Simplify your life: Telecommuting isn’t just for parents

Editor’s Note: This is the first in a series of columns on how to simplify your life with ideas that will save you time, money and stress. Watch CNN’s special coverage of “What Women Want” throughout Monday and Tuesday. Plus, watch Soledad O’Brien’s interview with Sheryl Sandberg on “Starting Point” at 7 a.m. ET on Monday, March 18.

Story highlights

The outcry around Yahoo's new telecommuting policy has centered on parents

Maureen Jenkins argues that you don't have to be a parent to demand better work options

Just as a nonparent may offer more scheduling flexibility, that worker can demand reciprocity

Working from home can offer health benefits as well as others, says one teleworker

CNN  — 

As someone who has often worked from home during her career, I’ve been obsessed with the firestorm Yahoo CEO Marissa Mayer ignited earlier this month by demanding that her telecommuting employees get themselves to a bricks-and-mortar office—and soon. Predictably, the blogosphere, TV news shows and critics everywhere blew up.

How dare Mayer snatch this benefit out from under Yahoo!’s virtual workers? And how dare she prompt more progressively minded employers to consider doing the same to theirs? Talk about negative trendsetting. Last week, Best Buy’s much-heralded “Results Only Work Environment” for nonstore employees got downgraded, too.

Most of the commentary around Yahoo!’s decision has looked at how telecommuting cutbacks affect working parents—and in particular, working moms, like Mayer herself. I agree that’s huge. But what has fascinated me about this telework debate is how almost no one has specifically addressed its impact on those of us without children.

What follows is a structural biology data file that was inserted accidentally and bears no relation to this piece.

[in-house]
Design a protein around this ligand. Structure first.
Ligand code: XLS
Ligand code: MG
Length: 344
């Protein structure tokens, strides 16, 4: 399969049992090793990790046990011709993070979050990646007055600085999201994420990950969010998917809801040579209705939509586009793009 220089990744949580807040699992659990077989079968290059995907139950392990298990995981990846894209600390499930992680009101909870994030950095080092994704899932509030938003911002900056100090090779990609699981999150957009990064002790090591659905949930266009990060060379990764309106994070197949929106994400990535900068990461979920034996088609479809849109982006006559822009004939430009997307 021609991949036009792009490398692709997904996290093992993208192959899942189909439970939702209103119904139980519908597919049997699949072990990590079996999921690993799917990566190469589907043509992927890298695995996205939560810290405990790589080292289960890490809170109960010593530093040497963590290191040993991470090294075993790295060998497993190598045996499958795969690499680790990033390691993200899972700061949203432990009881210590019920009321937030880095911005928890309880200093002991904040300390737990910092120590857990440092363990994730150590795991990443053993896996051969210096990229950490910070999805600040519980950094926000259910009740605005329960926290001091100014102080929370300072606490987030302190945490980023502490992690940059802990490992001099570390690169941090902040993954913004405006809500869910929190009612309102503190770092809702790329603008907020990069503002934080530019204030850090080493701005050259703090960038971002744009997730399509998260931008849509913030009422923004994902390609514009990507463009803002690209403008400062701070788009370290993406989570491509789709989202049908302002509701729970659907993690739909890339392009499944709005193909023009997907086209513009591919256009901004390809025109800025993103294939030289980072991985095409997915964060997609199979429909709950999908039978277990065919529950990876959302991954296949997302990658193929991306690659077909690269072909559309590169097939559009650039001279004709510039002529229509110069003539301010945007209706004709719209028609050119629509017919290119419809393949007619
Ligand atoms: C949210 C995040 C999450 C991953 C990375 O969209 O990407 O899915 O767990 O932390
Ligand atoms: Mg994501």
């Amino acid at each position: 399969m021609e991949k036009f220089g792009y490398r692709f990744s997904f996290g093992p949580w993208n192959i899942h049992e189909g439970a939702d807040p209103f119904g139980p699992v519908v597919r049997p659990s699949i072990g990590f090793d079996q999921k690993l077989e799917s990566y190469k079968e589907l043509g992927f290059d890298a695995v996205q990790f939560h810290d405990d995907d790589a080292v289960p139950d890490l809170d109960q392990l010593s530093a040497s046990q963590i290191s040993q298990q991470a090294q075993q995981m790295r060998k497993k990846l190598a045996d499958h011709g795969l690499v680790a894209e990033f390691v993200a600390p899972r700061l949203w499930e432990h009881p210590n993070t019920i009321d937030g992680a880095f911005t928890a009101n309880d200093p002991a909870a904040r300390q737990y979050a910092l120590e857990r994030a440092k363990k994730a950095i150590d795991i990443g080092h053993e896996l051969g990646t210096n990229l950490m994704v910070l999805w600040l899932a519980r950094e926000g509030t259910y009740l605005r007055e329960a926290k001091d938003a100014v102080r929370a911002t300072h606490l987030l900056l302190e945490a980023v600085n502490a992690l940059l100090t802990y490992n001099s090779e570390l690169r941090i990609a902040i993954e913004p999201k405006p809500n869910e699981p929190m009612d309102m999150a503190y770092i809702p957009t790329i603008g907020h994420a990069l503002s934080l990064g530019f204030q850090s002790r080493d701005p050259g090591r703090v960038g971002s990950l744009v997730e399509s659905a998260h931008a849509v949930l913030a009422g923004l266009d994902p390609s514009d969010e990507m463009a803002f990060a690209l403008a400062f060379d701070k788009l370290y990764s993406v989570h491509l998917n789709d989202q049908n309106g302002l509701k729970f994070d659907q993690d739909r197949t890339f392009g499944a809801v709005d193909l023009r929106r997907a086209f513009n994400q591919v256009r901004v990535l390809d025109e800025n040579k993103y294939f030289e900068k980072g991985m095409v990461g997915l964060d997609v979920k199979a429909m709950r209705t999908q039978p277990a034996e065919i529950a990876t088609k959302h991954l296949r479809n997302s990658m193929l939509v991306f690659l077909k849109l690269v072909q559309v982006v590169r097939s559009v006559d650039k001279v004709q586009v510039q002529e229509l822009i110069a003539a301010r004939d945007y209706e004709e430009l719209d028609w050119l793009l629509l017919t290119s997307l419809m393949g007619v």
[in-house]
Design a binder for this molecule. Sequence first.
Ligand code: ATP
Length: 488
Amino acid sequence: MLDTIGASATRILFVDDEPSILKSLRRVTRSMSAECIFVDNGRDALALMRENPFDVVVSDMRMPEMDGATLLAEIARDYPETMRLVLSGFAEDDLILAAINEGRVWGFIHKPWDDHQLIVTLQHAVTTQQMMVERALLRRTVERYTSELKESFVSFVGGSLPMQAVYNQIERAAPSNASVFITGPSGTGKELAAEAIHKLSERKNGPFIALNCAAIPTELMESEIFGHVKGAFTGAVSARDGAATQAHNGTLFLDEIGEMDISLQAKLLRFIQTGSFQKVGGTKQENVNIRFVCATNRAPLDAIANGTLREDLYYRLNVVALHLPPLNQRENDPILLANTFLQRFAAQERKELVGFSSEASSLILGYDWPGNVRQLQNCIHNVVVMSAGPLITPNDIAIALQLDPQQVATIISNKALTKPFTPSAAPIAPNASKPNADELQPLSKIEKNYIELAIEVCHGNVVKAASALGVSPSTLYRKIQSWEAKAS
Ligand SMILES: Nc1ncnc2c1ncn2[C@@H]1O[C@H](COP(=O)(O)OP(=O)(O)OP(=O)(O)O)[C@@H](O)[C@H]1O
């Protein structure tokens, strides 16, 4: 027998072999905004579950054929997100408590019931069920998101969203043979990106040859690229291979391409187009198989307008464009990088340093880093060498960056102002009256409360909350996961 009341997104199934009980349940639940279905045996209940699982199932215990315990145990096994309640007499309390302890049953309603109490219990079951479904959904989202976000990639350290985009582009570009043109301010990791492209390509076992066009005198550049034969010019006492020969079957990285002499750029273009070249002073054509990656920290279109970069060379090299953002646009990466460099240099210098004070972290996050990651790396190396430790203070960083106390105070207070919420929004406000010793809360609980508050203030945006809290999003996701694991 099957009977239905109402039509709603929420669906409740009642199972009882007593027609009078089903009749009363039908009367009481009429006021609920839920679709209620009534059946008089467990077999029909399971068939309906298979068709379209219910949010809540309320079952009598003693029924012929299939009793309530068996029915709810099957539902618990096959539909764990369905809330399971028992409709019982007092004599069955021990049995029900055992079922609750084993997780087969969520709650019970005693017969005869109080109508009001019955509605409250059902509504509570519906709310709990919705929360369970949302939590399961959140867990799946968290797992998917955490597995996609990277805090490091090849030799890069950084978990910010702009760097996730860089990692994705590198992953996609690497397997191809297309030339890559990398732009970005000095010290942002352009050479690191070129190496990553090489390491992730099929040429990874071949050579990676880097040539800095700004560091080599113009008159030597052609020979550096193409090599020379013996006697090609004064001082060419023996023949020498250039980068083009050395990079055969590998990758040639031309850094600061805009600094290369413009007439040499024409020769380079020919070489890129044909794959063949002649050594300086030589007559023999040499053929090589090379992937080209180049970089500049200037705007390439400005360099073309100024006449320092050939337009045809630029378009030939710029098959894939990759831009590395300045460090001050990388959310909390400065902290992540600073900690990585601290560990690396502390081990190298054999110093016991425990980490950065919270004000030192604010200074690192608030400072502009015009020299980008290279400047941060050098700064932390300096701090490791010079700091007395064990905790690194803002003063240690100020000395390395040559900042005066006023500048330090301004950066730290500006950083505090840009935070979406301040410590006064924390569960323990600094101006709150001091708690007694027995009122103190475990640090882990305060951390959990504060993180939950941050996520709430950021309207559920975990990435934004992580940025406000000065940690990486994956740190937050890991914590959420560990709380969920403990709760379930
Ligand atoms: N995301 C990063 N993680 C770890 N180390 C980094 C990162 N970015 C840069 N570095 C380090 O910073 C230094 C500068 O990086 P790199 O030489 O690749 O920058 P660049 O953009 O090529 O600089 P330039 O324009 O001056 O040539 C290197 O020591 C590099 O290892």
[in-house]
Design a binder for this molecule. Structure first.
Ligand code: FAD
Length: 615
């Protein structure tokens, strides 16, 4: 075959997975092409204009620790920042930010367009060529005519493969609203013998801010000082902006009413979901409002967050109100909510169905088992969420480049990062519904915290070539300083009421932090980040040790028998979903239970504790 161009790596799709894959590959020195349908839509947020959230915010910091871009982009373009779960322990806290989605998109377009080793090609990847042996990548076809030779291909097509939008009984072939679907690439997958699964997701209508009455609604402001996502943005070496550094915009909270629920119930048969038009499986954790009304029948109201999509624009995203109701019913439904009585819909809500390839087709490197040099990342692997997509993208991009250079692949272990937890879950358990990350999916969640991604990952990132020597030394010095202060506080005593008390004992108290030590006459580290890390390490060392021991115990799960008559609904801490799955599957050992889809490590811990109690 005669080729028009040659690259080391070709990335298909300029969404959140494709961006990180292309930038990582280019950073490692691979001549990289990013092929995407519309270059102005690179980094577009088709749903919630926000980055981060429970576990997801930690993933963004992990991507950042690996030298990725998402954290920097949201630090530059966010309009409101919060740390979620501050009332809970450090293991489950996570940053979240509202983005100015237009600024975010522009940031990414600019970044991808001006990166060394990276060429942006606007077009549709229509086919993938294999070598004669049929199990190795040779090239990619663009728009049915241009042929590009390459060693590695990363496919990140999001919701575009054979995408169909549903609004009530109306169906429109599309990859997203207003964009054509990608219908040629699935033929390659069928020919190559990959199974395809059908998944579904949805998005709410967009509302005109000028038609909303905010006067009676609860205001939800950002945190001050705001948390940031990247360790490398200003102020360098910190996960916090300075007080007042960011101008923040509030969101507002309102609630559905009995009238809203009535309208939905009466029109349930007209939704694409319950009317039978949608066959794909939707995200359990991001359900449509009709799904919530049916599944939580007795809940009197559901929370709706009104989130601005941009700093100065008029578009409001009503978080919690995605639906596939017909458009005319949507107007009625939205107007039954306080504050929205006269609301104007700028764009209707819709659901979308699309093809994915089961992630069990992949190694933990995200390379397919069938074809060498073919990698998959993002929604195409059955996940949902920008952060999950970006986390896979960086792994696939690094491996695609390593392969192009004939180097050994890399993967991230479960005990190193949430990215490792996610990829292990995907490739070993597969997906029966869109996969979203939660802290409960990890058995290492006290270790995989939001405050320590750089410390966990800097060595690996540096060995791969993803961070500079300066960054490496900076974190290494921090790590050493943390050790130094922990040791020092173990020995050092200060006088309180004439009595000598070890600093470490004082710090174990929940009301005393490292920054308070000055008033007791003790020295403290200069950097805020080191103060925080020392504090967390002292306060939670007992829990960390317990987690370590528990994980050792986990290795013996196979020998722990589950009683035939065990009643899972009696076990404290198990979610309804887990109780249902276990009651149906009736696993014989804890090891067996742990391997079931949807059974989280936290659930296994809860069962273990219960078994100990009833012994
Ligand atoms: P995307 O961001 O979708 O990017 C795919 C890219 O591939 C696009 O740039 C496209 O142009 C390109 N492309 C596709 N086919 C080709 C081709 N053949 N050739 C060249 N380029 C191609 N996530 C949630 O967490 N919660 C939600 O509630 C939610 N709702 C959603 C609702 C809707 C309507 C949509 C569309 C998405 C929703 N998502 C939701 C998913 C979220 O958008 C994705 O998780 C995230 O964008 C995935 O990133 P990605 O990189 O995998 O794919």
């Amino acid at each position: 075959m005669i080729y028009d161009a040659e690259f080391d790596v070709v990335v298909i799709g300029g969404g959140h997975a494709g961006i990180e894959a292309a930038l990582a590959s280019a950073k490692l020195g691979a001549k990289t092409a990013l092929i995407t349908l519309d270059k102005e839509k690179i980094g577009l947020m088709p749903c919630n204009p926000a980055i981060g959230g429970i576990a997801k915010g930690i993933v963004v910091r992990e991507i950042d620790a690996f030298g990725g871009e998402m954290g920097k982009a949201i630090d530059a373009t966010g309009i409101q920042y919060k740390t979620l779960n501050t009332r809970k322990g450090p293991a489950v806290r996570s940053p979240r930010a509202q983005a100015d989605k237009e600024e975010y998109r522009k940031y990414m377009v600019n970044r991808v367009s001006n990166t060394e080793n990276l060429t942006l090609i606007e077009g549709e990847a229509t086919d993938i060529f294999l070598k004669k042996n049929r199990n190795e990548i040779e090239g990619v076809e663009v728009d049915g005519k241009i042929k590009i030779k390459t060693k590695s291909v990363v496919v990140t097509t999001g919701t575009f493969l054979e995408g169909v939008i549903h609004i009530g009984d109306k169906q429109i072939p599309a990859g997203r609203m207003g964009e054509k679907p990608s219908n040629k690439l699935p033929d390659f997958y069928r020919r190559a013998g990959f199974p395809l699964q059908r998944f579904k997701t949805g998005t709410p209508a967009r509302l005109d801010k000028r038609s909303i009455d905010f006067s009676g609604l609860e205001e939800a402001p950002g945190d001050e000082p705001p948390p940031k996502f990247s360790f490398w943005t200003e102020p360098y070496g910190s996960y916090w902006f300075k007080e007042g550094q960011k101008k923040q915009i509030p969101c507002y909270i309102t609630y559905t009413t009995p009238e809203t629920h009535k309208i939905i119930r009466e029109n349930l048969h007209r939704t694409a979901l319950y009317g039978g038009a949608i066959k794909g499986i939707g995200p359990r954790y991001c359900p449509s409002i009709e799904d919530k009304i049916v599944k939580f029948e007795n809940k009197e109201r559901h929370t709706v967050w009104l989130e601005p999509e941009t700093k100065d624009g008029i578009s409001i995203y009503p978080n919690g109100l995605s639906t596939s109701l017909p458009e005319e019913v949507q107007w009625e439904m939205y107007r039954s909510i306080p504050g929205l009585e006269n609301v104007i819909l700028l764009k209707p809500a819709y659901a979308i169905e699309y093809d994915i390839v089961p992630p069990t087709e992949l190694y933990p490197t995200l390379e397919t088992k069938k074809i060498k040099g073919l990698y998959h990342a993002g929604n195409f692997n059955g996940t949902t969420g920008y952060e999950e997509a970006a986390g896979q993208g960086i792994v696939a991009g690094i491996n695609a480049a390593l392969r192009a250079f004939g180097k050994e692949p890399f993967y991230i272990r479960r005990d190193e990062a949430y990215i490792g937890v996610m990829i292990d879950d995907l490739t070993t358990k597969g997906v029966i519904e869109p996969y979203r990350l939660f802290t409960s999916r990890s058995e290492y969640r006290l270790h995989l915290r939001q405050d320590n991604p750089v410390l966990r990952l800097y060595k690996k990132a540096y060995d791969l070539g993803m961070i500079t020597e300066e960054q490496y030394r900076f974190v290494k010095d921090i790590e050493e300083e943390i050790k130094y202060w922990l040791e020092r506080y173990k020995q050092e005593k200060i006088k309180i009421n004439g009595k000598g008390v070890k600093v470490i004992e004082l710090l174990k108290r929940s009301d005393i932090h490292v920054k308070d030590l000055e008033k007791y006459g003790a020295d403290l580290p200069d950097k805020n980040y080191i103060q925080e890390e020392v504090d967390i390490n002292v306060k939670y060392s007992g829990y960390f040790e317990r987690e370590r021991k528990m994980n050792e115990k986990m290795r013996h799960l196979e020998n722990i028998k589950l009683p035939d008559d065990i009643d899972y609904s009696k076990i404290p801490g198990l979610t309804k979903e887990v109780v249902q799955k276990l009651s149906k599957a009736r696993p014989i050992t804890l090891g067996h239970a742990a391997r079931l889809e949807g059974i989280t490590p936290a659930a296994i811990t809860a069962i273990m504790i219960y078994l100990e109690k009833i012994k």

Why shouldn’t all of us, whether we parent children or not, have access to civilized ways of working that simplify our lives, decrease our commutes, allow us to be more efficient and maintain our sanity at the same time?

Or do we have to have kids at home in order to have a valid “excuse” to benefit from the 21st century reality of virtual work?

Yahoo work-from-home policy riles workers everywhere

Hear me out. Throughout my career, my single and child-free status have certainly benefited my employers and freelance clients, as I was able—and willing—to pick up and move to the other side of the country for long-term work assignments.

Even when living and working in France last year, I could take on last-minute writing projects that demanded “all-nighters,” as there was no spouse or youngster requiring attention. The fact that I have “neither chick nor child,” as one of my Chicago Sun-Times colleagues used to say, allowed me the flexibility of traveling on short notice. These were all choices I happily made.

So, if being unattached made me an asset to those I’ve worked for, should that same status keep me, and millions of others without children, from enjoying flexible work arrangements that few seem to question if you’ve got children at home?

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Telecommuting works “because the benefits are so comprehensive. It’s not just supporting family balance, but you balance,” says Cindy Auten, general manager of Mobile Work Exchange. “It isn’t just a perk for one demographic.” Her group is the force behind last week’s “Telework Week 2013.”

Sponsored by tech heavyweights Cisco and Citrix, it was the third annual global effort to encourage employees and employers to pledge to telework anytime between March 4 and 8. Last year’s Telework Week generated more than 71,000 pledges, helping these folks gain back nearly 251,800 hours into their days and saving $5.6 million in commuting costs, according to Mobile Work Exchange. 2013’s Telework Week pledge numbers have almost doubled.

A “2012 National Study of Employers” conducted by the Society for Human Resources Management and the Families & Work Institute found that 63% of employers allow workers to work at home at least occasionally, up from 34% in 2005.